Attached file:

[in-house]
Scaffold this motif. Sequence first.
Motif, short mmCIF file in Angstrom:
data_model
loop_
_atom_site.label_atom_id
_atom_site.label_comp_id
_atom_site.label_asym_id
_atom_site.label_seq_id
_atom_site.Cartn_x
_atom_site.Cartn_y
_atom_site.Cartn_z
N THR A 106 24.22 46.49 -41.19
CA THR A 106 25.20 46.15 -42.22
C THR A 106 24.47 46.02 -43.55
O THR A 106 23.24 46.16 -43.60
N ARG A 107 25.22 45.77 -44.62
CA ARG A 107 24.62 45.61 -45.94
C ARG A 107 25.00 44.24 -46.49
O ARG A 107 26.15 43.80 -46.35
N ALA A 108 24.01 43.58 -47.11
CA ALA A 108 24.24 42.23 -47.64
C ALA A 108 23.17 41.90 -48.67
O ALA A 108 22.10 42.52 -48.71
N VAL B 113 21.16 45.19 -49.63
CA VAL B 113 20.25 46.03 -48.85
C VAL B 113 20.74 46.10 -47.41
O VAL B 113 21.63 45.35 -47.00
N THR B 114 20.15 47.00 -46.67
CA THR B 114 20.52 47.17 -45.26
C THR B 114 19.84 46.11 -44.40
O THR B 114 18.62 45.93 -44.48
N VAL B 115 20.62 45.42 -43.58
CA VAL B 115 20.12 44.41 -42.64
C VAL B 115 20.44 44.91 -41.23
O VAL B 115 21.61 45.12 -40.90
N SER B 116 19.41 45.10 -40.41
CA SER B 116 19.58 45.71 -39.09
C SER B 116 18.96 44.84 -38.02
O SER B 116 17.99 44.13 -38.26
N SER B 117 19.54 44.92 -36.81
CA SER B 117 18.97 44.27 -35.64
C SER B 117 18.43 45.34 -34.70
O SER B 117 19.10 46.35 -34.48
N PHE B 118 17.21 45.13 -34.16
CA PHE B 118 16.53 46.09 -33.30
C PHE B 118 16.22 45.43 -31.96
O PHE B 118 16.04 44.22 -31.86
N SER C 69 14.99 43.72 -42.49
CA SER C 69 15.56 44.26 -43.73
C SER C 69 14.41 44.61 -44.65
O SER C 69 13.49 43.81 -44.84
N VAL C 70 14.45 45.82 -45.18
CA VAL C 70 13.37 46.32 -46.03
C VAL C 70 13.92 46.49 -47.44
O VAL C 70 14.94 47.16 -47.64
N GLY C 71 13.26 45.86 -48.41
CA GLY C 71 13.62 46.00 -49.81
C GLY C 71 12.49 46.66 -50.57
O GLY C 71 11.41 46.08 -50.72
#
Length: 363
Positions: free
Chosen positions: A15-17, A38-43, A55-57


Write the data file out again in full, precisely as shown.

[in-house]
Scaffold this motif. Sequence first.
Motif, short mmCIF file in Angstrom:
data_model
loop_
_atom_site.label_atom_id
_atom_site.label_comp_id
_atom_site.label_asym_id
_atom_site.label_seq_id
_atom_site.Cartn_x
_atom_site.Cartn_y
_atom_site.Cartn_z
N THR A 106 24.22 46.49 -41.19
CA THR A 106 25.20 46.15 -42.22
C THR A 106 24.47 46.02 -43.55
O THR A 106 23.24 46.16 -43.60
N ARG A 107 25.22 45.77 -44.62
CA ARG A 107 24.62 45.61 -45.94
C ARG A 107 25.00 44.24 -46.49
O ARG A 107 26.15 43.80 -46.35
N ALA A 108 24.01 43.58 -47.11
CA ALA A 108 24.24 42.23 -47.64
C ALA A 108 23.17 41.90 -48.67
O ALA A 108 22.10 42.52 -48.71
N VAL B 113 21.16 45.19 -49.63
CA VAL B 113 20.25 46.03 -48.85
C VAL B 113 20.74 46.10 -47.41
O VAL B 113 21.63 45.35 -47.00
N THR B 114 20.15 47.00 -46.67
CA THR B 114 20.52 47.17 -45.26
C THR B 114 19.84 46.11 -44.40
O THR B 114 18.62 45.93 -44.48
N VAL B 115 20.62 45.42 -43.58
CA VAL B 115 20.12 44.41 -42.64
C VAL B 115 20.44 44.91 -41.23
O VAL B 115 21.61 45.12 -40.90
N SER B 116 19.41 45.10 -40.41
CA SER B 116 19.58 45.71 -39.09
C SER B 116 18.96 44.84 -38.02
O SER B 116 17.99 44.13 -38.26
N SER B 117 19.54 44.92 -36.81
CA SER B 117 18.97 44.27 -35.64
C SER B 117 18.43 45.34 -34.70
O SER B 117 19.10 46.35 -34.48
N PHE B 118 17.21 45.13 -34.16
CA PHE B 118 16.53 46.09 -33.30
C PHE B 118 16.22 45.43 -31.96
O PHE B 118 16.04 44.22 -31.86
N SER C 69 14.99 43.72 -42.49
CA SER C 69 15.56 44.26 -43.73
C SER C 69 14.41 44.61 -44.65
O SER C 69 13.49 43.81 -44.84
N VAL C 70 14.45 45.82 -45.18
CA VAL C 70 13.37 46.32 -46.03
C VAL C 70 13.92 46.49 -47.44
O VAL C 70 14.94 47.16 -47.64
N GLY C 71 13.26 45.86 -48.41
CA GLY C 71 13.62 46.00 -49.81
C GLY C 71 12.49 46.66 -50.57
O GLY C 71 11.41 46.08 -50.72
#
Length: 363
Positions: free
Chosen positions: A15-17, A38-43, A55-57